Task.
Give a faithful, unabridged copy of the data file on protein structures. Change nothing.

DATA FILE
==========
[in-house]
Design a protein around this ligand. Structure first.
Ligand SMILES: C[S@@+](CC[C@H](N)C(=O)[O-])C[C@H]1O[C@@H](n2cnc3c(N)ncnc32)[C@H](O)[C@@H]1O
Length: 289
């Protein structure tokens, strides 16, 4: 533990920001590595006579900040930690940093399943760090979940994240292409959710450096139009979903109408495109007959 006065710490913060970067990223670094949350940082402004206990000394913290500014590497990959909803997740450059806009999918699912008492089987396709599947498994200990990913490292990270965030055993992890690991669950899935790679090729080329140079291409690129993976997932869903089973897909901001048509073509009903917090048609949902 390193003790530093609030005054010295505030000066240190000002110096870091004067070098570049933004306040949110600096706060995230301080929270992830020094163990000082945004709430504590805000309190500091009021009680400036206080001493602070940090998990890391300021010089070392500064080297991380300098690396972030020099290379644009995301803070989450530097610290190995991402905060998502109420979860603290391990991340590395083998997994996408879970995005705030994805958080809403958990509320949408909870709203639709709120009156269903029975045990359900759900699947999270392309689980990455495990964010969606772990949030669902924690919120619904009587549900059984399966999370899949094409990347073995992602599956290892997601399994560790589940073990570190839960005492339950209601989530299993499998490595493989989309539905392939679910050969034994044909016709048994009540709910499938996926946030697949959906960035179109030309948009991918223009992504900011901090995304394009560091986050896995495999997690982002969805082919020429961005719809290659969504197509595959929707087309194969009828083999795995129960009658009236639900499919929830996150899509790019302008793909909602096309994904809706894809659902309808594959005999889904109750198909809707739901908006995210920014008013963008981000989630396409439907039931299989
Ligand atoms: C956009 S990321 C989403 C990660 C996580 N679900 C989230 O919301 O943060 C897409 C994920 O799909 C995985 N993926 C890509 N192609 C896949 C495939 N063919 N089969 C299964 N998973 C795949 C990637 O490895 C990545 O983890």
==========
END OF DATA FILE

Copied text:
[in-house]
Design a protein around this ligand. Structure first.
Ligand SMILES: C[S@@+](CC[C@H](N)C(=O)[O-])C[C@H]1O[C@@H](n2cnc3c(N)ncnc32)[C@H](O)[C@@H]1O
Length: 289
């Protein structure tokens, strides 16, 4: 533990920001590595006579900040930690940093399943760090979940994240292409959710450096139009979903109408495109007959 006065710490913060970067990223670094949350940082402004206990000394913290500014590497990959909803997740450059806009999918699912008492089987396709599947498994200990990913490292990270965030055993992890690991669950899935790679090729080329140079291409690129993976997932869903089973897909901001048509073509009903917090048609949902 390193003790530093609030005054010295505030000066240190000002110096870091004067070098570049933004306040949110600096706060995230301080929270992830020094163990000082945004709430504590805000309190500091009021009680400036206080001493602070940090998990890391300021010089070392500064080297991380300098690396972030020099290379644009995301803070989450530097610290190995991402905060998502109420979860603290391990991340590395083998997994996408879970995005705030994805958080809403958990509320949408909870709203639709709120009156269903029975045990359900759900699947999270392309689980990455495990964010969606772990949030669902924690919120619904009587549900059984399966999370899949094409990347073995992602599956290892997601399994560790589940073990570190839960005492339950209601989530299993499998490595493989989309539905392939679910050969034994044909016709048994009540709910499938996926946030697949959906960035179109030309948009991918223009992504900011901090995304394009560091986050896995495999997690982002969805082919020429961005719809290659969504197509595959929707087309194969009828083999795995129960009658009236639900499919929830996150899509790019302008793909909602096309994904809706894809659902309808594959005999889904109750198909809707739901908006995210920014008013963008981000989630396409439907039931299989
Ligand atoms: C956009 S990321 C989403 C990660 C996580 N679900 C989230 O919301 O943060 C897409 C994920 O799909 C995985 N993926 C890509 N192609 C896949 C495939 N063919 N089969 C299964 N998973 C795949 C990637 O490895 C990545 O983890």